The Lady and the Monster, aha Donovan’s Brain
Eric von Stroheim plays the mad scientist in the first adaptation of Curt Siodmak’s novel, Donovan’s Brain. Von Stroheim rocks this gig. John Alton, noir cameraman extraordinaire, is also here in one of his early cinema efforts. A pairing in horror noir heaven.
Enter Republic Pictures studio head Herbert Yates and his baby chick ice champion Vera Hruba Ralston.
Ralston’s talent was all in her feet. And, maybe someplace else. Yet Yates was determined to provide his inamorata with a starring debut vehicle. He bought the rights to Donovan’s Brain and proceeded to redo the script to revolve around the scientist’s comely assistant. (Hence the name change to The Lady and the Monster. Ditto the poster featuring Hruba in a slinky silk.)
Hruba’s limited English and acting ability meant that she spoke most of her lines phonetically with a flat intonation. Hruba would bring this unique technique to all her performances at Republic. Arnold Alois Schwarzenegger, although he has not acknowledged it, stole Hruba’s technique for the Terminator movies.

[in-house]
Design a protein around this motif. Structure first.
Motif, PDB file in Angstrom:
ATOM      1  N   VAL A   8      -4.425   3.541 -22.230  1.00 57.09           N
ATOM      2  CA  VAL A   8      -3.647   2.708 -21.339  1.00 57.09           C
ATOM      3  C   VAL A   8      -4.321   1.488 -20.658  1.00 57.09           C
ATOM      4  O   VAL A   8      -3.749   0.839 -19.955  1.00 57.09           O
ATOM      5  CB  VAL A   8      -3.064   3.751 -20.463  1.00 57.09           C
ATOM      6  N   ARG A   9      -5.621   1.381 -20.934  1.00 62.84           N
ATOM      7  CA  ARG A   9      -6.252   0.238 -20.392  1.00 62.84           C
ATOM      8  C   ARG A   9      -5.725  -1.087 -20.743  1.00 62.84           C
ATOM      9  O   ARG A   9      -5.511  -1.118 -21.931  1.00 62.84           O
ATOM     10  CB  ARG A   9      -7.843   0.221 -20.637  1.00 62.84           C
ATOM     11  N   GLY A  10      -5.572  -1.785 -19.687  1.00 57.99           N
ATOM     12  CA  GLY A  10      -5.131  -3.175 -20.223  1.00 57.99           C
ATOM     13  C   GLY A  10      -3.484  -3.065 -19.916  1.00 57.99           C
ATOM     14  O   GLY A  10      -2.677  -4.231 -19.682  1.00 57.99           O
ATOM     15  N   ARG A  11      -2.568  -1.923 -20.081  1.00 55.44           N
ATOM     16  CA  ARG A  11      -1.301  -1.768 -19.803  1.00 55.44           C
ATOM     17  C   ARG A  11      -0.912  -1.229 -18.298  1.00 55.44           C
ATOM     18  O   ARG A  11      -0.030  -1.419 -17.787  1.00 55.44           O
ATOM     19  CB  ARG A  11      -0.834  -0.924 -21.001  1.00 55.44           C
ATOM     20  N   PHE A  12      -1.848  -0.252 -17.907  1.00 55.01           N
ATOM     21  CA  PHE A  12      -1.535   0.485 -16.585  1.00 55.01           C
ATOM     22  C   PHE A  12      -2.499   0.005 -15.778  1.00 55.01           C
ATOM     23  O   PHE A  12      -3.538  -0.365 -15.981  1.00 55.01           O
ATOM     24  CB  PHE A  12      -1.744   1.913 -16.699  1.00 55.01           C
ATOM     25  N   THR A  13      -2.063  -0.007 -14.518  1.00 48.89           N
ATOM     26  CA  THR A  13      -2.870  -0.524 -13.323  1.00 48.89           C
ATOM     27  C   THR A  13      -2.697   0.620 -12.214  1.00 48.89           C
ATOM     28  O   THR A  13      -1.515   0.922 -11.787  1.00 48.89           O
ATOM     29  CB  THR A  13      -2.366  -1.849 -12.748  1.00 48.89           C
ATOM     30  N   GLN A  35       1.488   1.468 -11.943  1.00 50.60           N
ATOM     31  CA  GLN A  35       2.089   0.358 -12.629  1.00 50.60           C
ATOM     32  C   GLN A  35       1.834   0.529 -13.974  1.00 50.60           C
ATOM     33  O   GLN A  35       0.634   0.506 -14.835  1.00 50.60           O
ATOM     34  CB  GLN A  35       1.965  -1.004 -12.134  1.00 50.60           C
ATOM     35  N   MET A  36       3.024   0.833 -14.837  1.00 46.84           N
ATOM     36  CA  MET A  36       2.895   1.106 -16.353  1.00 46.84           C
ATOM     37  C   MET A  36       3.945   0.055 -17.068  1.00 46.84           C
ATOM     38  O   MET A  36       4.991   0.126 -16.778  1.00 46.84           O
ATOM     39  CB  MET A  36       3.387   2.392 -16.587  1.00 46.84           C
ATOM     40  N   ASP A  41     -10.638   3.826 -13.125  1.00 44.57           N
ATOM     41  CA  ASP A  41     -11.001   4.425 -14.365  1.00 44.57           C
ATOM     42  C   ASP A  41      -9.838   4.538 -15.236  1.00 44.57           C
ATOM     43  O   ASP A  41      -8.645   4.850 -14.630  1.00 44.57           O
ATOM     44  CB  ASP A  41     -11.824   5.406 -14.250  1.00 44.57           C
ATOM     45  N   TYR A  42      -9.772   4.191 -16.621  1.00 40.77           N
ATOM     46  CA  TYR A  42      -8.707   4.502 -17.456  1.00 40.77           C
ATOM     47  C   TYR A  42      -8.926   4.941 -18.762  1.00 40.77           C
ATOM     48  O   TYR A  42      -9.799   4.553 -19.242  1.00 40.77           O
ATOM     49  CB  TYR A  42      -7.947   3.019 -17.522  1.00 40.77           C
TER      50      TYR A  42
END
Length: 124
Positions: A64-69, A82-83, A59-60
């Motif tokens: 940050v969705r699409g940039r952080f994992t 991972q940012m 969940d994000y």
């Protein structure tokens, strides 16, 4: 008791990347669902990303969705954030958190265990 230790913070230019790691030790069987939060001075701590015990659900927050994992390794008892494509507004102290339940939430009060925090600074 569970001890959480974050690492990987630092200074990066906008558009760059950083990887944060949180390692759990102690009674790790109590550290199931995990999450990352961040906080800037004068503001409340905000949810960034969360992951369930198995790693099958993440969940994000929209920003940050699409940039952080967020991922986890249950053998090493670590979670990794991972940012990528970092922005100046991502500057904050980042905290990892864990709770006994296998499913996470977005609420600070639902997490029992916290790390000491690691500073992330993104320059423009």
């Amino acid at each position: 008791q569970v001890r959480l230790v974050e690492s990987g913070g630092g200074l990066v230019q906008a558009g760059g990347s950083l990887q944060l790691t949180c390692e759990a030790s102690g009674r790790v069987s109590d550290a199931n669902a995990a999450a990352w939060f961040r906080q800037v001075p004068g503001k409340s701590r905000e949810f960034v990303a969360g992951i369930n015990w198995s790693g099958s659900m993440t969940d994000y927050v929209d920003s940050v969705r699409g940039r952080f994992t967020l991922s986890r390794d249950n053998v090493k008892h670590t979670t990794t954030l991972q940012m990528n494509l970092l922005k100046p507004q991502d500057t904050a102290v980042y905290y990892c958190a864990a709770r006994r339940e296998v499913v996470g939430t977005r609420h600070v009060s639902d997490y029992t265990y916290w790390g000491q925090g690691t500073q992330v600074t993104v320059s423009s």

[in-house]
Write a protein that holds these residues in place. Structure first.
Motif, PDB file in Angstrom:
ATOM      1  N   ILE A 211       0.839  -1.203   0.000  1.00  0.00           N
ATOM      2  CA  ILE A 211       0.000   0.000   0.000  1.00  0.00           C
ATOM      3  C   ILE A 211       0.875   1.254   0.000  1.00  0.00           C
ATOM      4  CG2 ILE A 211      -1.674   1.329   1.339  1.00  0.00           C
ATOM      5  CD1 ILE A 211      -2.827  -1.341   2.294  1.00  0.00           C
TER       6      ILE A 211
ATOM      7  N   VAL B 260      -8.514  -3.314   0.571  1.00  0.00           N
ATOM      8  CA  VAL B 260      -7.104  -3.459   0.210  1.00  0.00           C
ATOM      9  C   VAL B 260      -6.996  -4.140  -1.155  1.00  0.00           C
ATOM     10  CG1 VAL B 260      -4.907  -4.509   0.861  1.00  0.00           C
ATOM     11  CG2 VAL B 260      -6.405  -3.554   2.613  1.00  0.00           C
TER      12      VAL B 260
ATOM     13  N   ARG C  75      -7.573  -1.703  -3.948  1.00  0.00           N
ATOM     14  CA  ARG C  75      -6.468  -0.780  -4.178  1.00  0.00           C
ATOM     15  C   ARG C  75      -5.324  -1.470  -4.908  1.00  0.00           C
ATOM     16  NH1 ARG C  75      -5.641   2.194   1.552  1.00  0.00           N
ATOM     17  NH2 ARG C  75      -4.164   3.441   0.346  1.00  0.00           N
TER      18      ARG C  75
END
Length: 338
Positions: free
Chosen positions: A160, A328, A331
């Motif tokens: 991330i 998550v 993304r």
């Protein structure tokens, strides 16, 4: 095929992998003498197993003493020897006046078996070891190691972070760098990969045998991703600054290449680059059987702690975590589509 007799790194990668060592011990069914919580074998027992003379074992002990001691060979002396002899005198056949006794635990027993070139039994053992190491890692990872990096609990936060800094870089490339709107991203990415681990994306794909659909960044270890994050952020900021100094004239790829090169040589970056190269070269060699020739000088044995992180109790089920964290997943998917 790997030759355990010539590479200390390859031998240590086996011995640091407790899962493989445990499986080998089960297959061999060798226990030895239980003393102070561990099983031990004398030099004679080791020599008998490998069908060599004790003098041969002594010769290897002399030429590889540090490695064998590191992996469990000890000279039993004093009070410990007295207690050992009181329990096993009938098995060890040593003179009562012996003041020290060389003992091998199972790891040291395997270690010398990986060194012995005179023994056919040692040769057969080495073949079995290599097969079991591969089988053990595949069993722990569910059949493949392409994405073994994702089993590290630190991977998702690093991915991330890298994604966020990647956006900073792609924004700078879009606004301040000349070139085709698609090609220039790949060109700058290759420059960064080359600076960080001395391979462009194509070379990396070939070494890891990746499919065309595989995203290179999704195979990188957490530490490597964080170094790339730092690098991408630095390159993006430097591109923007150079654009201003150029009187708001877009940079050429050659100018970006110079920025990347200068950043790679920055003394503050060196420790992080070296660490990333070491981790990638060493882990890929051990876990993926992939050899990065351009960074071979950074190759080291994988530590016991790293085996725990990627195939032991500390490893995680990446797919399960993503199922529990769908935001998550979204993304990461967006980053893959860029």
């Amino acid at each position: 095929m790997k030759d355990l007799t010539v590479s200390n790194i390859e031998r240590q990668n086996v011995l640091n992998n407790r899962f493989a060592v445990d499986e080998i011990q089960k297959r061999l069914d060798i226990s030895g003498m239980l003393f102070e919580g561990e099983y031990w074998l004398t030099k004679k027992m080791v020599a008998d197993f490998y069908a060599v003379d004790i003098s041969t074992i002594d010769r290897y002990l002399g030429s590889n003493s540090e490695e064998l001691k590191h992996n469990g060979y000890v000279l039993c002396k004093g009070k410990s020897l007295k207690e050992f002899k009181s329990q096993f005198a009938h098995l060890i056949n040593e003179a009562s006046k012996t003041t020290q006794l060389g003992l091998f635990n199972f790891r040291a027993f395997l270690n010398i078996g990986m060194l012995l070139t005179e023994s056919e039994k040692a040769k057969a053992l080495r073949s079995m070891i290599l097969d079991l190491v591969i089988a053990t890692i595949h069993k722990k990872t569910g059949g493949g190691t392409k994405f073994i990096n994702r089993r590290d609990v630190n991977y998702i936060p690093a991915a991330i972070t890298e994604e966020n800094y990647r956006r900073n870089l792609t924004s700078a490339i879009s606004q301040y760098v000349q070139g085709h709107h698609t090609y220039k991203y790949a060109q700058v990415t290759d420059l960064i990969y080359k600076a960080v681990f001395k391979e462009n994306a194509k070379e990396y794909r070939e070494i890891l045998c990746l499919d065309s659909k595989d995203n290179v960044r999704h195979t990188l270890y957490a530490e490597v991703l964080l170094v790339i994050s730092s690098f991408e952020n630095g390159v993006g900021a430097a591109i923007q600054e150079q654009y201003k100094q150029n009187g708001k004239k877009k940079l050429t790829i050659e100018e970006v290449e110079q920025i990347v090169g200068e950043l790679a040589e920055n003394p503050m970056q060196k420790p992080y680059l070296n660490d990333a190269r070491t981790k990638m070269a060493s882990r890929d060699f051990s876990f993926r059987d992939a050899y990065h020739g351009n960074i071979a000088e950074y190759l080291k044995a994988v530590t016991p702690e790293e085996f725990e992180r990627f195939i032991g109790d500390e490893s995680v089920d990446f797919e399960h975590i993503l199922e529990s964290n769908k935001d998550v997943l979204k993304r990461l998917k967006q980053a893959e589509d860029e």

Yates and Hruba paired up to ruin dozens of movies during his reign at Republic, finally driving the studio into the ground in 1958. Stockholders sued Yates for mismanagement (primarily for spending $$$$$ promoting Hruba as a star). The couple were by now married. Hruba never made another picture after 1958. And they lived happily ever after.
The Lady and the Monster. 1944 Window Card. Fine. Very rare. This 67- year-old window card has had no restoration. There are no fold marks, tears or pin holes. However, due to the poor quality of the cardstock, the poster has experienced tanning, especially at edges. Poster has been kept on archival board in an archival sleeve since I have owned the poster.